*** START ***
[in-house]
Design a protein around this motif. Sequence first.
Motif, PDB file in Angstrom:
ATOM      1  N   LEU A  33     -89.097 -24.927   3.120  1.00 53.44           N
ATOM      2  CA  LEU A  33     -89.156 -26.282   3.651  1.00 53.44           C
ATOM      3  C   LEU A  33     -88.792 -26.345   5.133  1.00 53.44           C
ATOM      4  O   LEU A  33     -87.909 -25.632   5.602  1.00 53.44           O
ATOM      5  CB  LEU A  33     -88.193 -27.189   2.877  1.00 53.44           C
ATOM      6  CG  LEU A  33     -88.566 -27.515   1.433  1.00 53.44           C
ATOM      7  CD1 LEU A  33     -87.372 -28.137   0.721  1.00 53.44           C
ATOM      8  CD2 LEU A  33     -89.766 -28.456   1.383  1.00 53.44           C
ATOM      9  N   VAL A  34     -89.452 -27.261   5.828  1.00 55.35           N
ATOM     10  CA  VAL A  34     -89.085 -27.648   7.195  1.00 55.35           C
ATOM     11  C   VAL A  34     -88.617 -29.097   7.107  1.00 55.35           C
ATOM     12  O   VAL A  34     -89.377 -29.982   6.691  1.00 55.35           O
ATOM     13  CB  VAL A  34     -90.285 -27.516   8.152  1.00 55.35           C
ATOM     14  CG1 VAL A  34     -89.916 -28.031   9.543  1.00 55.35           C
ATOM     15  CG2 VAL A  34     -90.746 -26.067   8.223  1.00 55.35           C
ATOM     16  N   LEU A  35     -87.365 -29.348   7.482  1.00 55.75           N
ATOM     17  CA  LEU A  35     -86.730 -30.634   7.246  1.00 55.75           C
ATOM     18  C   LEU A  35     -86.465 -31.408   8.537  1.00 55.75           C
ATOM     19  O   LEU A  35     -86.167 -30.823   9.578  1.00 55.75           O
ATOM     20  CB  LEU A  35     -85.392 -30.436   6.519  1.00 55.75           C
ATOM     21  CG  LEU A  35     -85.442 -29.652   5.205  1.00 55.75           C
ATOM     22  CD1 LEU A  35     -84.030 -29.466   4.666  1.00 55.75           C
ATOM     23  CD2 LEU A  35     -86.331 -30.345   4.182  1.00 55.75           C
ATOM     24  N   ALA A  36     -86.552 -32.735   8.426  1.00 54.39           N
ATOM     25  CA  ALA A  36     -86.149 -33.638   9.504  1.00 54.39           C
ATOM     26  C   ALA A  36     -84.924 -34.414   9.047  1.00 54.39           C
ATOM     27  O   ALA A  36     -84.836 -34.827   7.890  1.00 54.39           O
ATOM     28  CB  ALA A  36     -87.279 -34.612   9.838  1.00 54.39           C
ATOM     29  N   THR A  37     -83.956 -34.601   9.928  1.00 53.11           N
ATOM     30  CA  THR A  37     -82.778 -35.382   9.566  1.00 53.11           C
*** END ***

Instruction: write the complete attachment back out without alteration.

[in-house]
Design a protein around this motif. Sequence first.
Motif, PDB file in Angstrom:
ATOM      1  N   LEU A  33     -89.097 -24.927   3.120  1.00 53.44           N
ATOM      2  CA  LEU A  33     -89.156 -26.282   3.651  1.00 53.44           C
ATOM      3  C   LEU A  33     -88.792 -26.345   5.133  1.00 53.44           C
ATOM      4  O   LEU A  33     -87.909 -25.632   5.602  1.00 53.44           O
ATOM      5  CB  LEU A  33     -88.193 -27.189   2.877  1.00 53.44           C
ATOM      6  CG  LEU A  33     -88.566 -27.515   1.433  1.00 53.44           C
ATOM      7  CD1 LEU A  33     -87.372 -28.137   0.721  1.00 53.44           C
ATOM      8  CD2 LEU A  33     -89.766 -28.456   1.383  1.00 53.44           C
ATOM      9  N   VAL A  34     -89.452 -27.261   5.828  1.00 55.35           N
ATOM     10  CA  VAL A  34     -89.085 -27.648   7.195  1.00 55.35           C
ATOM     11  C   VAL A  34     -88.617 -29.097   7.107  1.00 55.35           C
ATOM     12  O   VAL A  34     -89.377 -29.982   6.691  1.00 55.35           O
ATOM     13  CB  VAL A  34     -90.285 -27.516   8.152  1.00 55.35           C
ATOM     14  CG1 VAL A  34     -89.916 -28.031   9.543  1.00 55.35           C
ATOM     15  CG2 VAL A  34     -90.746 -26.067   8.223  1.00 55.35           C
ATOM     16  N   LEU A  35     -87.365 -29.348   7.482  1.00 55.75           N
ATOM     17  CA  LEU A  35     -86.730 -30.634   7.246  1.00 55.75           C
ATOM     18  C   LEU A  35     -86.465 -31.408   8.537  1.00 55.75           C
ATOM     19  O   LEU A  35     -86.167 -30.823   9.578  1.00 55.75           O
ATOM     20  CB  LEU A  35     -85.392 -30.436   6.519  1.00 55.75           C
ATOM     21  CG  LEU A  35     -85.442 -29.652   5.205  1.00 55.75           C
ATOM     22  CD1 LEU A  35     -84.030 -29.466   4.666  1.00 55.75           C
ATOM     23  CD2 LEU A  35     -86.331 -30.345   4.182  1.00 55.75           C
ATOM     24  N   ALA A  36     -86.552 -32.735   8.426  1.00 54.39           N
ATOM     25  CA  ALA A  36     -86.149 -33.638   9.504  1.00 54.39           C
ATOM     26  C   ALA A  36     -84.924 -34.414   9.047  1.00 54.39           C
ATOM     27  O   ALA A  36     -84.836 -34.827   7.890  1.00 54.39           O
ATOM     28  CB  ALA A  36     -87.279 -34.612   9.838  1.00 54.39           C
ATOM     29  N   THR A  37     -83.956 -34.601   9.928  1.00 53.11           N
ATOM     30  CA  THR A  37     -82.778 -35.382   9.566  1.00 53.11           C